Kathleen O’Connor lived through two world wars, and war profoundly affected her life and her career as an artist. There were also close family losses in both wars—two nephews in the Second World War and a brother in the First.
Kate’s younger brother Corporal Roderick O’Connor was killed in action, aged 36, on 15 April 1917. In peacetime a civil engineer, like his father C.Y. O’Connor, he enlisted in March 1915 and served in the 17th Battalion, C Company, in Egypt and Gallipoli and at the Western Front. Three campaign medals—the 1914–15 Star, the British War Medal and the Victory Medal—honoured his service.
A private who had served with Corporal O’Connor wrote to the family:
He was liked by all and the best pal I had through this dreadful conflict which has broken so many homes throughout the world, still I feel certain the sacrifice will not have been in vain and peace will shortly be with us combined with complete victory over this beastly tyrant.
The letter left me wondering about the conflicting emotions that might have been felt by families bereaved during what H.G. Wells predicted, erroneously, would be ‘the war to end war’. Grief, of course, but did patriotism provide comfort? Did pride hold despair at bay? Was there bitterness towards the military machine that turned young men into wooden crosses and names on rolls of honour?
Kate was in Paris, far from the rest of her family, when she received the news of the death of her one-time tennis partner, Rod. With no surviving letters from that time, I had to look further for clues to her response to his death, and to the war:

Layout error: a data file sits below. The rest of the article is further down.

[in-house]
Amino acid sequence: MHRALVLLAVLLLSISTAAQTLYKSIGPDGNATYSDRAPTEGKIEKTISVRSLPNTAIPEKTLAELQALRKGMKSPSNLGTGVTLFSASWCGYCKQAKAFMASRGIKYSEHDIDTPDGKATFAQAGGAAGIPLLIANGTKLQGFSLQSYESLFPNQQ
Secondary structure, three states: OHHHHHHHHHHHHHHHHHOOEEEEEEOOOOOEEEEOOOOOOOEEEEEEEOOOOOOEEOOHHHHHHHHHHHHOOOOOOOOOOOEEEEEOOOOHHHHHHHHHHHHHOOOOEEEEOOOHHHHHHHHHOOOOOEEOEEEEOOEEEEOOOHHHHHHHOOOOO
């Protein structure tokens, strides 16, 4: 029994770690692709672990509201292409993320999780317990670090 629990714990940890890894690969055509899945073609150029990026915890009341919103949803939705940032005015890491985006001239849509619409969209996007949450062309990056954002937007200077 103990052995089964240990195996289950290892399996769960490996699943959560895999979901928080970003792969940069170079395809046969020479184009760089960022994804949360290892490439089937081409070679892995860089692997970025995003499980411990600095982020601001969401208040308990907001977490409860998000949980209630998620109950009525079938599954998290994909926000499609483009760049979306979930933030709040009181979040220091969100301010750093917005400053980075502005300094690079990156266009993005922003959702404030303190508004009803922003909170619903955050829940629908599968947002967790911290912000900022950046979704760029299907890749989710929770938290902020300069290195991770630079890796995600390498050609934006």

A poem dedicated to Roderick, dated the year of his death, survives among Kate’s papers—less an emotional response to the loss of a beloved brother than a romantic tribute to ‘Australia’s Men’. Kate was no poet, but she worked on the lines, and it’s difficult now to determine which is the final version of her several drafts…
I examine each line of the spidery scrawl, and the words speak to me in spite of their awkwardness, their self-conscious striving for rhyme and meter, their emotional lack. Here they are, the traces of Kate’s experience of the war in its fourth year, as casualties climbed and families mourned and she absorbed the blow of loss. Telling is the poem’s glorification of the Australian soldier’s ‘beauty’ and ‘grace’ and ‘light’, the spirit perceived in the ‘hat’s recline’, at the expense of patriotic notions of bravery and militaristic might and the senseless sacrifice that lies behind the Anzac legend. It is people she wants to honour—individuals, men—not the dehumanising forces that marshal them for war. And the men she exalts are victims, not victors. It is the closest she comes to allowing us a window into her grief at the waste of her brother’s life.
There is no known grave for Corporal Roderick O’Connor, but his name is recorded on the roll of honour at the Villers-Bretonneux Memorial in Picardie, France, as well as on a brass plaque in St George’s Cathedral, Perth, Western Australia.